Rex was almost a professional Bright Young Thing. He was bosom friends with Cecil Beaton, who more perfectly fits that bill. Beaton's photograph of Rex and various others as Fragonard shepherds on a classical bridge is fabulously gaudy and gleamy, but camp beyond measure. But even as he hung out with high-born figures, he must have felt the precariousness of his position. He had a relationship with Penelope Dudley-Ward, the daughter of the Prince of Wales' "friend". But he seems to have been seriously scorched by his feelings for Lady Caroline Paget. The National Trust conforms to the common idea that he was in love with this, the beautiful elder daughter of Plas Newydd.

It all seems to have got very complicated, what with Caroline's ambivalence toward him. He was tempted by the upper-middle class actress Jill Furse, who was later to settle with his own younger brother, Laurence, until her death just after giving birth to their child. Laurence's memoir of that brief marriage, Initials In the Heart (1964 and 1975), makes a perfect partner with his biography of Rex, The Laughter and the Urn (1985). For lovers of coincidence: Wikipedia says that after Jill's death, Laurence married her younger sister, the actress Judith Furse.

The bulwark of Rex's emotional life seems to have been Edith Olivier, a much older and highly-regarded woman who was both grand and a little removed from society. She was devoted to him. But everyone else, from Duff and Diana Cooper to the men of every rank in his regiment, fell for him too. It says something that David Cecil - sociable, sharp and very grand - thought Rex one of the best conversationalists he had ever met.

Part of Whistler's fascination is that at a crucial moment he made a big decision. He might easily have had himself co-opted as an official War Artist, and we could have hoped that he would have matched the work of the likes Edward Ardizzone. Instead, he bent all his efforts toward becoming a fighting soldier, and succeeded. As he learned his new trade with the Welsh Guards, his work as a graphic entertainer went down well with his brother officers and men: he produced Colonel Blimp cartoons and murals for various barracks rooms, as well as a telling drawing of the perfect kit lay-out.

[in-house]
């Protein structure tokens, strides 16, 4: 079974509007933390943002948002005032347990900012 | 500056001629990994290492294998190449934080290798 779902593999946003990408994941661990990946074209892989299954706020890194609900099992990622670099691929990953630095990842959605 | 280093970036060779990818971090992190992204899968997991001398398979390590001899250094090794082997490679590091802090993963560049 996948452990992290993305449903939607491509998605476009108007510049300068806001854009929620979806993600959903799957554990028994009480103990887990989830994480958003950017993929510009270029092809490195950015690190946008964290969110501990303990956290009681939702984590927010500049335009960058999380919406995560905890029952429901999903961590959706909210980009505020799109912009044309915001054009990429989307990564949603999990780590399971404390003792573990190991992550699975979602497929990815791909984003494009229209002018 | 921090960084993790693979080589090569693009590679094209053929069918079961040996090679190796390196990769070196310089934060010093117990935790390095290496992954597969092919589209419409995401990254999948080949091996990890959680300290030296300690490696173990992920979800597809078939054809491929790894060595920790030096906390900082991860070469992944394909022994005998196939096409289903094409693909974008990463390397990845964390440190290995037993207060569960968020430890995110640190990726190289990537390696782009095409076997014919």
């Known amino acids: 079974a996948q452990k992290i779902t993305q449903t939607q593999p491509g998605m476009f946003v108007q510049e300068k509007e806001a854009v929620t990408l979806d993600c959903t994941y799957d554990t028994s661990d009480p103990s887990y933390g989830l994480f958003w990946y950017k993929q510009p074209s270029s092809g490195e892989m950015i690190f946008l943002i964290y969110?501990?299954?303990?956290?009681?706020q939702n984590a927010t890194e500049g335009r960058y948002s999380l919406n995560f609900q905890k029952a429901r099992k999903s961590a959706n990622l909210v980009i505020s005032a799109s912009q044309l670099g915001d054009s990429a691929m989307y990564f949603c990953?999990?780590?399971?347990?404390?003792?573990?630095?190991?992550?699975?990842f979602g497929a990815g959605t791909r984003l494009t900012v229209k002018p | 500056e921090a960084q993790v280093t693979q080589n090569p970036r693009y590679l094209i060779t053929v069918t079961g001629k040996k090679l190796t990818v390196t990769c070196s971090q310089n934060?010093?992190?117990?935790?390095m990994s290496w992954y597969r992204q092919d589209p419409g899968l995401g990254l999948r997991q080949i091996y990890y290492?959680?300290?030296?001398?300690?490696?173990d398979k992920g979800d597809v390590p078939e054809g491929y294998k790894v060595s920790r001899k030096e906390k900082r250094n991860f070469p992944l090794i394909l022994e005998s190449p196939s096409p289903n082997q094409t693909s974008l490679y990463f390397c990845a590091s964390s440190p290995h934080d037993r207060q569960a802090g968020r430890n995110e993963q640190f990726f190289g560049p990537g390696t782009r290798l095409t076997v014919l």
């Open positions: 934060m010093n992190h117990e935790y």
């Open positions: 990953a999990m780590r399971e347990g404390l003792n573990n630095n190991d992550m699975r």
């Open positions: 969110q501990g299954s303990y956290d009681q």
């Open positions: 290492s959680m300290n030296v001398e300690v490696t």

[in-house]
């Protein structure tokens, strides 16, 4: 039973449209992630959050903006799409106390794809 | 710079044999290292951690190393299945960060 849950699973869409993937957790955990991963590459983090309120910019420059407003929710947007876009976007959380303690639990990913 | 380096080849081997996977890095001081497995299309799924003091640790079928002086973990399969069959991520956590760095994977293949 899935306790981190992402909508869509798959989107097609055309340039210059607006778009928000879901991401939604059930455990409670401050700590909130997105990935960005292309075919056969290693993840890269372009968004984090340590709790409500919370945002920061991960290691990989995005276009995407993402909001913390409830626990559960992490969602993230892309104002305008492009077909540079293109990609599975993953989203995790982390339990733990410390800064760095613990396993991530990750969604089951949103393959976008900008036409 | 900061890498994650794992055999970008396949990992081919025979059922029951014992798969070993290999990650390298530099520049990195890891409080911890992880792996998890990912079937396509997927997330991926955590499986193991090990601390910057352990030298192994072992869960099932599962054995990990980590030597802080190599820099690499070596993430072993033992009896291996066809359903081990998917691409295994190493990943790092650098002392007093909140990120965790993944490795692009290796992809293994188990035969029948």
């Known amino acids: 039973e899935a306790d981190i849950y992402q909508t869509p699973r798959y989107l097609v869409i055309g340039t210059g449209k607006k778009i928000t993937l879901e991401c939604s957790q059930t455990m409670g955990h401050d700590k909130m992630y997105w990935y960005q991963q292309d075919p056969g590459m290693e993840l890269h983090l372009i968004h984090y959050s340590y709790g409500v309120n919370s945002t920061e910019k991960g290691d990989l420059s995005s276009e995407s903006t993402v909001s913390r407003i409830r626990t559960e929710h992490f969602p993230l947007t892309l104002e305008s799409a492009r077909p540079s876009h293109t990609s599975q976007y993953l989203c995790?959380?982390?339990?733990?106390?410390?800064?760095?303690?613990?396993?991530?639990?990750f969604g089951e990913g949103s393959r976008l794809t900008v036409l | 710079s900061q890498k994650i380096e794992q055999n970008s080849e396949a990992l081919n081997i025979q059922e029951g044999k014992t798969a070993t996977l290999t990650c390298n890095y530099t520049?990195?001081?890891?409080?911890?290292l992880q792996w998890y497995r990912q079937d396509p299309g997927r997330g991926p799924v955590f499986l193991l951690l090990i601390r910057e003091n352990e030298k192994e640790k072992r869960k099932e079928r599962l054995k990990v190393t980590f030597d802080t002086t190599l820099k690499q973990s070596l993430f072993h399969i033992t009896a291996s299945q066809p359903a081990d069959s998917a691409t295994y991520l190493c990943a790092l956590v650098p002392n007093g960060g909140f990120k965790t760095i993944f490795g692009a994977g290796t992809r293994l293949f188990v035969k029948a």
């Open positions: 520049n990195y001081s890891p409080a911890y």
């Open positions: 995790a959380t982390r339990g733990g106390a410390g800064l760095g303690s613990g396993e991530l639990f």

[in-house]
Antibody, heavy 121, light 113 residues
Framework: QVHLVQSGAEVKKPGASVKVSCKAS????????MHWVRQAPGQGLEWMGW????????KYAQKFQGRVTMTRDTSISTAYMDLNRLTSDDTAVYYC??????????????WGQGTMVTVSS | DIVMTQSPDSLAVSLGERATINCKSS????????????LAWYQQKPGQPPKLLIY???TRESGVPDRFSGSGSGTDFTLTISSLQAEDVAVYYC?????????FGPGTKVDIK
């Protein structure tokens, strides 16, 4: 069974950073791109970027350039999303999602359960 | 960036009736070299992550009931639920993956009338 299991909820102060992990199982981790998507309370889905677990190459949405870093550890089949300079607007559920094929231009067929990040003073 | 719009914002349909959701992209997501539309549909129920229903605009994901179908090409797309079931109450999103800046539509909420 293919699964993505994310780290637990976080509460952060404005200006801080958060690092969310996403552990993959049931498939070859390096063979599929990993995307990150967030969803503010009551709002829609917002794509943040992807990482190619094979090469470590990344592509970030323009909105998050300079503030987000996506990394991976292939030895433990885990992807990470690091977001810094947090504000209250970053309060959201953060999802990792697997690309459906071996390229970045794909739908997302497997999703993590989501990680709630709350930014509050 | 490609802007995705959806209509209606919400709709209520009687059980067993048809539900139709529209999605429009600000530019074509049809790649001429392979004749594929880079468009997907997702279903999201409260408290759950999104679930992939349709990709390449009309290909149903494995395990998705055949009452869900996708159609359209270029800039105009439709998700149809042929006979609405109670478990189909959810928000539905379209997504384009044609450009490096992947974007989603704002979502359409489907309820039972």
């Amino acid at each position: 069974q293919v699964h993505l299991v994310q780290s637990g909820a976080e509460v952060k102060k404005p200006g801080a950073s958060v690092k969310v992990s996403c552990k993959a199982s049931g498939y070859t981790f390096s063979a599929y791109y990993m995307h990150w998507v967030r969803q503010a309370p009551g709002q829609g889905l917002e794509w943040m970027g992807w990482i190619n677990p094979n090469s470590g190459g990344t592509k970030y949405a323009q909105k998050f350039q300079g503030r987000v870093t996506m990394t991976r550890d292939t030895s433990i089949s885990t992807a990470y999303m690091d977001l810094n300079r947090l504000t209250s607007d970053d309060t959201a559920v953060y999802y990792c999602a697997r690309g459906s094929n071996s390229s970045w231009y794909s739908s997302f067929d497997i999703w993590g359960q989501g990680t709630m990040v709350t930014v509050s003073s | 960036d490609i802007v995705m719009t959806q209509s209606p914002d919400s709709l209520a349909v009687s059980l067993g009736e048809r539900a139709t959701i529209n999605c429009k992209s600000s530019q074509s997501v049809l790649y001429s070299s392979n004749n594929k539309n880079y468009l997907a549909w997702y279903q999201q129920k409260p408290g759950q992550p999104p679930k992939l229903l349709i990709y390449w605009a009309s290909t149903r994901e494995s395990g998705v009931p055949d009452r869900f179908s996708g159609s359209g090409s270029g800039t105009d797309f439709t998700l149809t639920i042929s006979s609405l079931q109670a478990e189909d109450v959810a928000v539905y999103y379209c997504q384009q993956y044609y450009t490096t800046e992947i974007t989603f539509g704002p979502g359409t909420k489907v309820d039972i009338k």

But there was serious painting, too, as shown in a big 1994 Army Museum show, Rex Whistler's War (1939-July 1944): Artist into Tank Commander. Some of that material reappears in Brighton, and it tells a moving story. It might have been called "Socialite into Soldier". The theme is presaged by a very strong though perhaps rather casually executed self-portrait from 1940: the fledgling officer is perched in his brand new uniform on a balcony overlooking Regent's Park. His cap and Sam Browne are on a chair behind him, his brushes on the parapet in front. Before him is a drinks tray. Later, in a fully military context, we have a powerful painting, The Master Cook (still in the regiment's possession), but also vivid vignettes of life around the camp, and of the kind of tranquil landscape which plenty of people then saw as emblematic.

It is the soldierliness of the late work which ennobles it, and which makes it a perfect fit with the deliberate triviality which from the beginning to the very end he never eschewed.

There is one piece, the finale of the show at Brighton as it had been in the Army Museum, which shows that Whistler's taste - though whimsical and sophisticated - also appealed to people sharing the biggest possible challenges. It is entitled Allegory: HRH The Prince Regent awakening the Spirit of Brighton and it is a scurrilous image of a corpulent figure, naked except for the ribbon and star of the Order of the Garter poised over a gorgeous nude female. It was a seaside extravagance painted to decorate a drab officers' billet in the town, and luckily after the war the council elected to buy it when the regiment (perhaps reluctantly) said it wouldn't. Forty-three days later, the artist was dead, on his first day in action, and the battalion's first casualty of the campaign. In the succeeding weeks plenty more of his fellow-officers would also be buried in France.

Richard D. North is the author of Rich is Beautiful: A Very Personal Defence of Mass Affluence.

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A definite must see, and thanks for the Jacobin reference. I think this theme is understated.
Very nice overview.

Posted by: fjl at August 4, 2006 04:35 PM